Basis for opium characterization and origin determination

Developing a typology for opium as for any other material is based on two opposite phenomena. On the one hand, there have to be common features of the material in question that determine its identity, while, on the other hand, slight differences elucidated by appropriate analytical methods should enable a distinction to be made between two samples. Since opium is a natural product which is produced with very little human intervention, its physical and chemical characteristics and composition are determined by the following factors:

(a) Factors determining common characteristics:

  1. The plant species, which is always Papaver somniferum L. (Papaveraceae), a relatively stable species in its chemistry;

  2. The traditional manufacturing practices contributing to the consistency in cultivation, processing and handling of the opium within any given farmer community;

  3. Geographical and climatic conditions which tend to be the same or very similar in any smaller geographic area;

(b) Factors contributing to variations in opium composition and characteristics:

  1. The existence of a large number of cultivated opium poppy varieties with widely variable chemical compositions;

  2. Smaller variations caused by annual shifts in climatic conditions;

  3. Small variations occurring during the various stages of manufacturing (longer drying process, storage conditions etc.).

Considering the multiplicity of the factors influencing the com- position of opium, it was clear that any analytical approach to origin determination should elucidate relative differences in the composition of opium samples, based on geographical and traditional variations, rather than qualitative differences, which could hardly be expected because the substance involved is always opium.

Other preconditions for the international collaborative programme were:

  1. An extensive collection of authentic opium samples of known origin covering, ideally, all licit and illicit cultivation areas.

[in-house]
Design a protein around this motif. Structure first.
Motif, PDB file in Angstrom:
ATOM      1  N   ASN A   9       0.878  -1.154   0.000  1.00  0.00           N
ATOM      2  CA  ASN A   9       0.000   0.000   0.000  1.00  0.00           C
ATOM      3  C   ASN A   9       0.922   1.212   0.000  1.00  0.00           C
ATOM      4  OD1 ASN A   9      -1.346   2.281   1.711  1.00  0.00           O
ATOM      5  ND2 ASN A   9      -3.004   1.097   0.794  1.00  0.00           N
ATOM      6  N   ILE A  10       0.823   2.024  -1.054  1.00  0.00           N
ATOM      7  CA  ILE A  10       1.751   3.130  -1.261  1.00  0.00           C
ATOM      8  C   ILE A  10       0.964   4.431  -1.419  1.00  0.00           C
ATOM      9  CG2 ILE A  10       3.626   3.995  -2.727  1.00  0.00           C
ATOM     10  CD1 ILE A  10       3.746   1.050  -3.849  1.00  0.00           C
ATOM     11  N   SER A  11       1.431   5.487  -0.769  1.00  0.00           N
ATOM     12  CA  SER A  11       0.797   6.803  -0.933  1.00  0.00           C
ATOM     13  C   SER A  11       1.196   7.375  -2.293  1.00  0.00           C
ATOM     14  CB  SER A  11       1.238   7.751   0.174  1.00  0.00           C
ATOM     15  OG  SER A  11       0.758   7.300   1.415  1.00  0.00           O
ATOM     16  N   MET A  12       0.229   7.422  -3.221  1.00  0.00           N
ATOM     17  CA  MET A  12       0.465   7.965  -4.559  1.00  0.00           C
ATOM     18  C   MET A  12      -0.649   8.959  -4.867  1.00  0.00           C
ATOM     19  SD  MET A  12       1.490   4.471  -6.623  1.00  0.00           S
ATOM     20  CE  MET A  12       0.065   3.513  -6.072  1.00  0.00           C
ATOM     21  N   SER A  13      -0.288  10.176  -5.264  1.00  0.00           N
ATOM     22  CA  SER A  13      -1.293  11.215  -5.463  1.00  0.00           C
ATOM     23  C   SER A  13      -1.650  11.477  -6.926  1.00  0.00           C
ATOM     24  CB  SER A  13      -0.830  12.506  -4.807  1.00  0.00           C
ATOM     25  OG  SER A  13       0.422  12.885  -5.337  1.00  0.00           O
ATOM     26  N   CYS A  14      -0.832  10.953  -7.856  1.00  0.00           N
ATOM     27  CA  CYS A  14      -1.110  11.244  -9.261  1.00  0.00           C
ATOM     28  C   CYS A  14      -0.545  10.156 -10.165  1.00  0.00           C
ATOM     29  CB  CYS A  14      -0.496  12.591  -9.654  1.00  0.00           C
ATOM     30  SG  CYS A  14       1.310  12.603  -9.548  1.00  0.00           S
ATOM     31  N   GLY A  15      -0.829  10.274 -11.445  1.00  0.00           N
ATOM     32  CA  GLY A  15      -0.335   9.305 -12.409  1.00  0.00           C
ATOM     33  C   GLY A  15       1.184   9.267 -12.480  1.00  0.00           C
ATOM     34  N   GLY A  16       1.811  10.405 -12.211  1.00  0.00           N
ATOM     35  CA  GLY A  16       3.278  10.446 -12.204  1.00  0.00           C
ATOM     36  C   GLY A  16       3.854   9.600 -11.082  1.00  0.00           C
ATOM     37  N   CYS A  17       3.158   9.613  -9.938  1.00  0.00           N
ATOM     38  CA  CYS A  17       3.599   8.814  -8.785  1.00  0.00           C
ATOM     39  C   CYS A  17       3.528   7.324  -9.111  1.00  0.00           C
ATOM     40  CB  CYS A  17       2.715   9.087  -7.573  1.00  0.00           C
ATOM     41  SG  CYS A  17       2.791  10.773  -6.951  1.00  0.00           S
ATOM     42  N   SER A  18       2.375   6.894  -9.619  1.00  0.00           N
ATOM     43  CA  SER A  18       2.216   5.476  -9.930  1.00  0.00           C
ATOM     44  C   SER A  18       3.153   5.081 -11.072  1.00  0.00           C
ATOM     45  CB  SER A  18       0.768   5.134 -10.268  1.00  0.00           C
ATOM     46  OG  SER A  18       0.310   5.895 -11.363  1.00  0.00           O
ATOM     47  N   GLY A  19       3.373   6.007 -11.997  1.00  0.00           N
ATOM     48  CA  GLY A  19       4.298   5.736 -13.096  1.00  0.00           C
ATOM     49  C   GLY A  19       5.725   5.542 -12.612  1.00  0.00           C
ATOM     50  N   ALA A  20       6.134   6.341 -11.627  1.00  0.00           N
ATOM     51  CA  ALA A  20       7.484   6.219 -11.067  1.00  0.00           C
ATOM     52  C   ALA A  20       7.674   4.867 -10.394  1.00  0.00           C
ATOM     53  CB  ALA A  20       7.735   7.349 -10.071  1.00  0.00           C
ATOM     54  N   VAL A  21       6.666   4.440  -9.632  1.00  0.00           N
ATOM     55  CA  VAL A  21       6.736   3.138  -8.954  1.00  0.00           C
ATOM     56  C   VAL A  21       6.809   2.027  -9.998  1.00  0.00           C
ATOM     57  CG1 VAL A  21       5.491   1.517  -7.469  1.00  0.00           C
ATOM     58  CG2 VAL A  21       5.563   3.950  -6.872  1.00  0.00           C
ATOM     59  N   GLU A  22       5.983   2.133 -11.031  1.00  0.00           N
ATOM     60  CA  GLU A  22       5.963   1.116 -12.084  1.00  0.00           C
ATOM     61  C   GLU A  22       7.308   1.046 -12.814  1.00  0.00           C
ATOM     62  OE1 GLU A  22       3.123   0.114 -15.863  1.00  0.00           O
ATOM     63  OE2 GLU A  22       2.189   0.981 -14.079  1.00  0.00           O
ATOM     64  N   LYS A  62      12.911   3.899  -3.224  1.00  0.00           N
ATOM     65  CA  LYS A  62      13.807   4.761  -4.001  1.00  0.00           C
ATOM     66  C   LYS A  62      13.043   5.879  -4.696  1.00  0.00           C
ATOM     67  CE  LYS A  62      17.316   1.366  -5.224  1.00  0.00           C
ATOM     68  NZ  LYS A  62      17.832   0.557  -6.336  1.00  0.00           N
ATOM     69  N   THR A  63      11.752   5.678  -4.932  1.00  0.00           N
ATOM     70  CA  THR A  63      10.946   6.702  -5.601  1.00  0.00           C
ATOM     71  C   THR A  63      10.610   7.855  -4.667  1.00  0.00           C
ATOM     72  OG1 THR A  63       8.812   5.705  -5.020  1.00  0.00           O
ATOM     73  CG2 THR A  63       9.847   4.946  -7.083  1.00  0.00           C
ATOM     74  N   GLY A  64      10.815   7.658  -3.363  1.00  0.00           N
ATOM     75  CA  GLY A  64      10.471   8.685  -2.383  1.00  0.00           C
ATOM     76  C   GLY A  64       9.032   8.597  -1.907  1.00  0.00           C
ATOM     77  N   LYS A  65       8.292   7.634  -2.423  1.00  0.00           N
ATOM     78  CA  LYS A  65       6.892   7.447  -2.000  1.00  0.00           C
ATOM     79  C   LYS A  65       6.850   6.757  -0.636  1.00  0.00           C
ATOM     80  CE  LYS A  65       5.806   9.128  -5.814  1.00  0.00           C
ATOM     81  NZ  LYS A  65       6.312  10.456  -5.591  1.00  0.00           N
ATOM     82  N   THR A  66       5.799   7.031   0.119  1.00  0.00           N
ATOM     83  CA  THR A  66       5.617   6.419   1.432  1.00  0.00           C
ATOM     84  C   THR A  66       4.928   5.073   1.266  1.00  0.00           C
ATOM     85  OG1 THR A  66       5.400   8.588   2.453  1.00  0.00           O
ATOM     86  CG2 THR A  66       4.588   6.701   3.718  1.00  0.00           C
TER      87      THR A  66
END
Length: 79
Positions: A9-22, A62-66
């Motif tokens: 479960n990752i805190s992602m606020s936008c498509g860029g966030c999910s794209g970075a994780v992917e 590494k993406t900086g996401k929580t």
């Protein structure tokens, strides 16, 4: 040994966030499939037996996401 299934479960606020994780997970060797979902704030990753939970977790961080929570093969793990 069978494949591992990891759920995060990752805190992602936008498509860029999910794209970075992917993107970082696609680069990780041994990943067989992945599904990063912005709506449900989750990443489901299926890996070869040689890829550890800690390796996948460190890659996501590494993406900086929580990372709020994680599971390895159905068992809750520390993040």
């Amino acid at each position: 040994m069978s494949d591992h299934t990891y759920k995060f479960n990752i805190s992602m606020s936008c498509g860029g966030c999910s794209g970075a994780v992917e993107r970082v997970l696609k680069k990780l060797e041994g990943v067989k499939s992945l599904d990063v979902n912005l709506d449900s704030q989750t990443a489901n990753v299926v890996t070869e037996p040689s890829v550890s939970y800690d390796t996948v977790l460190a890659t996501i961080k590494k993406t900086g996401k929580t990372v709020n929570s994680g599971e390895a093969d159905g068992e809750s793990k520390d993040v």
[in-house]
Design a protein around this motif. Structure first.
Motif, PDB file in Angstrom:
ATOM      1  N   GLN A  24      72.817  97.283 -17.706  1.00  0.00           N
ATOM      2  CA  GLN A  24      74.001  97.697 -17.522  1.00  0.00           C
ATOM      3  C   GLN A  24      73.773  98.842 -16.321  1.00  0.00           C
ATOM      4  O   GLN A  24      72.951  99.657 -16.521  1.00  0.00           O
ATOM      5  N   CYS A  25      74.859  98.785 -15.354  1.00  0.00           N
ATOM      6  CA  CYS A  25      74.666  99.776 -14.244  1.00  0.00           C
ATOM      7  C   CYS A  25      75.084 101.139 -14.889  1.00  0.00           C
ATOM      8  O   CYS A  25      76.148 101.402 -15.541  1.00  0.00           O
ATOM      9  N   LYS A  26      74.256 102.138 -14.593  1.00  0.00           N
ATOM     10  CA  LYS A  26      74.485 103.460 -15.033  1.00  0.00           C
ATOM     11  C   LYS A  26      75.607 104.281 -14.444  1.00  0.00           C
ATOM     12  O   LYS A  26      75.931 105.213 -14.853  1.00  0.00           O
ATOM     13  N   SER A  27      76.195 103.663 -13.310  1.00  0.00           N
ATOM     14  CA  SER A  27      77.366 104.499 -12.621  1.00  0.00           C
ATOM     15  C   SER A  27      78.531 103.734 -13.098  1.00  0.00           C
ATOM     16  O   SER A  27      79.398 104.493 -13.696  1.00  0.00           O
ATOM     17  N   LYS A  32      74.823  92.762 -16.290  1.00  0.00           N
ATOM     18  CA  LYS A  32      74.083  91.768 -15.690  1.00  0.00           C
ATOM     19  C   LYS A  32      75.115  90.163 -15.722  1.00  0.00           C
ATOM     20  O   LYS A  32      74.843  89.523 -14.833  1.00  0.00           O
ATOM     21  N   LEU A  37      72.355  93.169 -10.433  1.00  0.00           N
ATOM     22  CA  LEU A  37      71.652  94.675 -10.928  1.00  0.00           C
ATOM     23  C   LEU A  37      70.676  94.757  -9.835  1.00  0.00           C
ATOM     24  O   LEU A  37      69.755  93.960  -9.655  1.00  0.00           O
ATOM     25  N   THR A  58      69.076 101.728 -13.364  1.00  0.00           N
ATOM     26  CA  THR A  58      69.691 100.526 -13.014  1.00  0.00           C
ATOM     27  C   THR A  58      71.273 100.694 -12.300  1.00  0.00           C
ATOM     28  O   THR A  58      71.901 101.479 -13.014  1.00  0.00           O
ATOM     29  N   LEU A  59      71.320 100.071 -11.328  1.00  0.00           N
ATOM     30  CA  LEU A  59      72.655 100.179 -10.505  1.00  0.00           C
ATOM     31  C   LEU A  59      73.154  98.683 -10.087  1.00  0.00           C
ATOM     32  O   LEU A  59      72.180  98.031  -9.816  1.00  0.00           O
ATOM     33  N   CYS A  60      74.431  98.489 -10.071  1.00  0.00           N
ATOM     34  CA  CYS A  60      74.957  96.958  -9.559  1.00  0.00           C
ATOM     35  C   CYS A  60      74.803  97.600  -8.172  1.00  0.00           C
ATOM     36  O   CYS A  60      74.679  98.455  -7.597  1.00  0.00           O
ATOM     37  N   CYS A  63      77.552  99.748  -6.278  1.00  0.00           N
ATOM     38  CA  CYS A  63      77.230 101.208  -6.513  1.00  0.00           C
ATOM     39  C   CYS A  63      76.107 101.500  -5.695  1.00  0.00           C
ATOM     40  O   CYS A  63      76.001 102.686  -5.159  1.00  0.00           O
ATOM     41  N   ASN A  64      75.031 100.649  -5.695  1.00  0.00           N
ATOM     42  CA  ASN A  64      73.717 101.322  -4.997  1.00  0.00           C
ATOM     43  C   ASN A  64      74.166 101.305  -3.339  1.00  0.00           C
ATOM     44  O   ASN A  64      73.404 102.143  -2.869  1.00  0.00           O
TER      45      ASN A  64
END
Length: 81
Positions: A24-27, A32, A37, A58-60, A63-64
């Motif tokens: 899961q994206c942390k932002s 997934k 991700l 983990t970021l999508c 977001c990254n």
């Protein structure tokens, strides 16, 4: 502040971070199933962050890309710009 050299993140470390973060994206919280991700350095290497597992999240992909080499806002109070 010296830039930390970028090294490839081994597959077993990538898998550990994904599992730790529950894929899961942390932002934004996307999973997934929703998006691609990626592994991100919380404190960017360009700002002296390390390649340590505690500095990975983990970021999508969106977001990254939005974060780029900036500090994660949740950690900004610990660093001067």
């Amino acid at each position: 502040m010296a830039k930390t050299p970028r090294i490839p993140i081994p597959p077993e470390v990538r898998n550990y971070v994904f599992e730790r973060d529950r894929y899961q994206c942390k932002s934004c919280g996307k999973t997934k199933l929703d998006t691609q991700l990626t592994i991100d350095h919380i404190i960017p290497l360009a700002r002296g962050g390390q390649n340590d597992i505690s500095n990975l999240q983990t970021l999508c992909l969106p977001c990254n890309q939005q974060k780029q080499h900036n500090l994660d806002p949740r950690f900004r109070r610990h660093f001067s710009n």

2. A network of collaborating laboratories to guarantee worldwide replicability of results and to enable a rapid exchange of information.

  3. Simple, specific and reliable analytical techniques.

All those conditions were met by the programme, to which more than a dozen national laboratories and research institutions contributed during its existence, with the United Nations Narcotics Laboratory serving as overall coordinator.

Classification of opium characteristics and scientific approaches

Before describing the analytical techniques used in the United Nations research programme (1951 - 1967), a short survey of the amenable opium characteristics is given. In general, opium features can be classified in two different ways, according to either the analytical methods involved (K55) * or the properties of opium constituents [ [ 17] , [ 18] ]. In the present review the latter approach is used [ [ 17] , [ 18] ].

The following opium properties are used for characterization:

  1. General appearance, e.g. colour, shape, odour, texture, coverings/wrappings, inclusions;

  2. Organic constituents, e.g. alkaloids and meconic and other organic acids;

  3. Inorganic constituents and opium ash, e.g. calcium, magnesium, sodium, potassium and phosphate.

During the period of the United Nations research programme, all the above mentioned features of opium were thoroughly investigated, with the clear intention to reveal reliable origin dependent characteristics. The investigations also required basic research on related topics such as the development of suitable methods for alkaloid separation, for their detection or for the estimation of alkaloid content. The collection of comprehensive data of authentic opium samples as well as the analysis of unknowns according to the methods developed (that is, investigations of opium samples that were unknown to the scientists involved, but known to the United Nations) were additional topics of major importance. As a consequence, altogether 148 scientific papers summarizing the various results were contributed to the United Nations document series ST/SOA/SER.K by an international network of laboratories and scientists, and they can be divided into the following five groups:

  1. Studies of analytical techniques (see table 1);

  2. Investigations into origin dependent opium characteristics (see table 2);

  3. Studies of authentic samples for data collection;

  4. Trials of opium "unknowns", i.e. controlled origin determinations (K28, K36, K52, K94, K97);

  5. Reviews (K25, K55).

*All 148 papers entitled "The assay, characterization, Composition and origin of opium" constitute the United Nations document series ST/SOA/SER.K/1-148. In the text, each reference to one of the papers is given as the number in the K series (i.e. K1) instead of the full title and symbol.

The following two tables give an almost chronological overview of the studies concerning the analytical techniques (table 1) and of scientific investigations into origin-dependent opium characteristics (table 2) between 1951 and 1967 under the United Nations programme. The different approaches also reflect the level of scientific progress during that period.